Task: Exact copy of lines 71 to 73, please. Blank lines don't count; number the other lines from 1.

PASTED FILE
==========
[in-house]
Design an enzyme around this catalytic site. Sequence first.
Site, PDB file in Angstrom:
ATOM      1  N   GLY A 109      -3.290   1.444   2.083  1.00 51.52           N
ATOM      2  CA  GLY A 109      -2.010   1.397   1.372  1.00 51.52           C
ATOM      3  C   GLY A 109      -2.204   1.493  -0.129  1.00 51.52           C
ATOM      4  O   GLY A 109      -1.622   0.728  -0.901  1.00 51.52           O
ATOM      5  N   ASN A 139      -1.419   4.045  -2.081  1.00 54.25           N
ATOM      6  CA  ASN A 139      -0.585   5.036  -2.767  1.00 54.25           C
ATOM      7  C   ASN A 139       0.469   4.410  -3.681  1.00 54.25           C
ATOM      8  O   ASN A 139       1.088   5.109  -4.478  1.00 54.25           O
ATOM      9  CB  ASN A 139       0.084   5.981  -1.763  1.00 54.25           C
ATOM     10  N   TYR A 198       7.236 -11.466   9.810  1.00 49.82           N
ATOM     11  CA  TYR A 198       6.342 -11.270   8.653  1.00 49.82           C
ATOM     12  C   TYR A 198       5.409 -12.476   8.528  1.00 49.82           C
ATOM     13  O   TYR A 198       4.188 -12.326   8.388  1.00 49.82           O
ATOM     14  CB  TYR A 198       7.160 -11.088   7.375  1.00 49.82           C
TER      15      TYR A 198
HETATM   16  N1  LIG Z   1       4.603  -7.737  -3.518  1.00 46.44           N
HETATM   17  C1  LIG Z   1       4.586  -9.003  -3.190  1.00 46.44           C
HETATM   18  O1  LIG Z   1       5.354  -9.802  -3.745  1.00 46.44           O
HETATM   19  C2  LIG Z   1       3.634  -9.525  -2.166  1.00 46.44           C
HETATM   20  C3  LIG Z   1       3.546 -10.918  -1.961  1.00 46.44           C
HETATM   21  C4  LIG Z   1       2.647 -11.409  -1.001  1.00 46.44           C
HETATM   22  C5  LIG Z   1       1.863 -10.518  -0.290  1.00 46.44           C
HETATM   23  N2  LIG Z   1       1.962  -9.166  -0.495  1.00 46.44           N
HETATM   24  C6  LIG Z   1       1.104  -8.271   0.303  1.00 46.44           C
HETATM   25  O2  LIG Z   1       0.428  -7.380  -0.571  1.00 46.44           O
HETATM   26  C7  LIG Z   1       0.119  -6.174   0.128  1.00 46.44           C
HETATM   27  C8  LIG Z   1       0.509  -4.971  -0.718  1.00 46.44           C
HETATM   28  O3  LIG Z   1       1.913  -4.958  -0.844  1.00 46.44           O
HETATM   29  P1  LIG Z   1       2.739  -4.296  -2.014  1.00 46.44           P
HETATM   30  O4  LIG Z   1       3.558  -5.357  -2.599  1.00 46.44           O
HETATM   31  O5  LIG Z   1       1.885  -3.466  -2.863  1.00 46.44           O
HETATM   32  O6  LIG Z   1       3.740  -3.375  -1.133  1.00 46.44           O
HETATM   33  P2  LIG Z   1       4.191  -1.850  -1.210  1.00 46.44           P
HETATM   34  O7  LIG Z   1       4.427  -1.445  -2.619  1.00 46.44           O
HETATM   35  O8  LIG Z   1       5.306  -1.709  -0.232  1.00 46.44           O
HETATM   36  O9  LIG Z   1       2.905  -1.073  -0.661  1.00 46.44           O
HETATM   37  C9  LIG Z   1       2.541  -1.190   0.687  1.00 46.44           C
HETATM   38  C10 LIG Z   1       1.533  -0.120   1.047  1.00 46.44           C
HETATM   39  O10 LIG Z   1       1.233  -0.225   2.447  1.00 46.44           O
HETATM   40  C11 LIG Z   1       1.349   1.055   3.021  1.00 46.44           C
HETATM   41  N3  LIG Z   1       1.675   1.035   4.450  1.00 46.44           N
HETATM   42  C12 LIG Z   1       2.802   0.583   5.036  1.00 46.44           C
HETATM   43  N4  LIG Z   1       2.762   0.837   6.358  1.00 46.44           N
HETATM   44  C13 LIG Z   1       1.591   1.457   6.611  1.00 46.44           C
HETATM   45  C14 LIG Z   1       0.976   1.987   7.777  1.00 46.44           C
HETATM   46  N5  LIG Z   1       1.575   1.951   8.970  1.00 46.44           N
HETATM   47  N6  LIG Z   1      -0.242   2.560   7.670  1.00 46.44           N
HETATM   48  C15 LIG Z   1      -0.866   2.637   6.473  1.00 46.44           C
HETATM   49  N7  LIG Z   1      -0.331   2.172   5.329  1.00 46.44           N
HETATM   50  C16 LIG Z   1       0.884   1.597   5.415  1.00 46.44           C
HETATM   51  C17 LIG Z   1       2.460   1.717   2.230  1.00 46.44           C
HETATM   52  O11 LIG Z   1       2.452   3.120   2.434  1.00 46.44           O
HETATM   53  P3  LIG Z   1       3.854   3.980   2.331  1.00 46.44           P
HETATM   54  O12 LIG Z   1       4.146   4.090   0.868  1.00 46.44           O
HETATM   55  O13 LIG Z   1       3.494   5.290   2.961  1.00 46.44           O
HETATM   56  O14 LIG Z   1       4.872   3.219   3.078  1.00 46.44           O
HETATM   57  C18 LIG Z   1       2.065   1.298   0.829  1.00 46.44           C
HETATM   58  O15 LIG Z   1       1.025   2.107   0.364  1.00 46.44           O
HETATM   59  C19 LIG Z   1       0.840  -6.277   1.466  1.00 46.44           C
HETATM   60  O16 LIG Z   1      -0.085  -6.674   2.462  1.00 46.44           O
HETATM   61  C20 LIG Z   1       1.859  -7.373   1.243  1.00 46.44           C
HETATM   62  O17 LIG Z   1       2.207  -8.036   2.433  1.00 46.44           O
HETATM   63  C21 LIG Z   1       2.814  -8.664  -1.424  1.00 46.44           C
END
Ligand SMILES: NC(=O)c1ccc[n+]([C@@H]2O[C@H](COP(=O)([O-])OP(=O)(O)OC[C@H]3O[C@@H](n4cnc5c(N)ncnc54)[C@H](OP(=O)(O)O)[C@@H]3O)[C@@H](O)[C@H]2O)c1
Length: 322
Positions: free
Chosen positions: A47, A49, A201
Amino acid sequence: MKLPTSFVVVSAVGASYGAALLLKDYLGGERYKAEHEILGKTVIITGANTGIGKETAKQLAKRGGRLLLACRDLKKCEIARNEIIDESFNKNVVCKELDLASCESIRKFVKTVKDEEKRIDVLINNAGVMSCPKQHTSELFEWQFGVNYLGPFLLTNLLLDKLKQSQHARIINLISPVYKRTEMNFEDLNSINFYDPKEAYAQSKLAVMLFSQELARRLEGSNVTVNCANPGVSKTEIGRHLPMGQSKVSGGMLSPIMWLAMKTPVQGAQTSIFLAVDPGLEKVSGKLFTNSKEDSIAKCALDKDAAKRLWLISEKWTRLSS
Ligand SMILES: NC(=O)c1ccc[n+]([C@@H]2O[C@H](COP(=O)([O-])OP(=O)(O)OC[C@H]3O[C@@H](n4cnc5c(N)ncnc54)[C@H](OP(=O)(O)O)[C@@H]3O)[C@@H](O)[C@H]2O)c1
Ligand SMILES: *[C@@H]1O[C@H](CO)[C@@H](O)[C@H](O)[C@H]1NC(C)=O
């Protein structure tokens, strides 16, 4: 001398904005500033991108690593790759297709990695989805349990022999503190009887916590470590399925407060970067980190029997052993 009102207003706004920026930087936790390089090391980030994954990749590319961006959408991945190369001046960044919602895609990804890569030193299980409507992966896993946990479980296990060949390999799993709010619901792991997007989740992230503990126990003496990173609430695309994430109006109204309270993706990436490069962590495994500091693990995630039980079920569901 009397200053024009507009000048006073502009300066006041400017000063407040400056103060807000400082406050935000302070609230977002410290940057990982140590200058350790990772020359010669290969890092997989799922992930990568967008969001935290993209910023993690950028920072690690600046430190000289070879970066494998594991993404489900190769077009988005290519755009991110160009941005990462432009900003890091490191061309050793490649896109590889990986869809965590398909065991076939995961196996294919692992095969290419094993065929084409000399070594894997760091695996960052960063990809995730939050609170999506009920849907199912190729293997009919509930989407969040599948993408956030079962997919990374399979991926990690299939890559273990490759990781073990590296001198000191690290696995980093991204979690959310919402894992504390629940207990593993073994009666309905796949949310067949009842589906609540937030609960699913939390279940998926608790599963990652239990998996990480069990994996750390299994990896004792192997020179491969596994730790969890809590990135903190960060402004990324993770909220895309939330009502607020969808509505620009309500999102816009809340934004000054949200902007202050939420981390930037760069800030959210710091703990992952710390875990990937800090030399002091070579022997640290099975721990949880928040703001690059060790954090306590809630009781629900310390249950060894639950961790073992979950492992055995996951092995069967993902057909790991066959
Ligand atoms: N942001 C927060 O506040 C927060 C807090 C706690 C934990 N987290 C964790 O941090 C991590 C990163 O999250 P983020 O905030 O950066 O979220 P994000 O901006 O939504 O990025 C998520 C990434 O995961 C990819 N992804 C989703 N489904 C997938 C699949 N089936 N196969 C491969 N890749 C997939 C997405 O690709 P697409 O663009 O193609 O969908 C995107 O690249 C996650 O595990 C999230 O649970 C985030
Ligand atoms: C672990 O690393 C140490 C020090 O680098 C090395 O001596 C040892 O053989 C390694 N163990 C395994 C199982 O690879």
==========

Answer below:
Chosen positions: A47, A49, A201
Amino acid sequence: MKLPTSFVVVSAVGASYGAALLLKDYLGGERYKAEHEILGKTVIITGANTGIGKETAKQLAKRGGRLLLACRDLKKCEIARNEIIDESFNKNVVCKELDLASCESIRKFVKTVKDEEKRIDVLINNAGVMSCPKQHTSELFEWQFGVNYLGPFLLTNLLLDKLKQSQHARIINLISPVYKRTEMNFEDLNSINFYDPKEAYAQSKLAVMLFSQELARRLEGSNVTVNCANPGVSKTEIGRHLPMGQSKVSGGMLSPIMWLAMKTPVQGAQTSIFLAVDPGLEKVSGKLFTNSKEDSIAKCALDKDAAKRLWLISEKWTRLSS
Ligand SMILES: NC(=O)c1ccc[n+]([C@@H]2O[C@H](COP(=O)([O-])OP(=O)(O)OC[C@H]3O[C@@H](n4cnc5c(N)ncnc54)[C@H](OP(=O)(O)O)[C@@H]3O)[C@@H](O)[C@H]2O)c1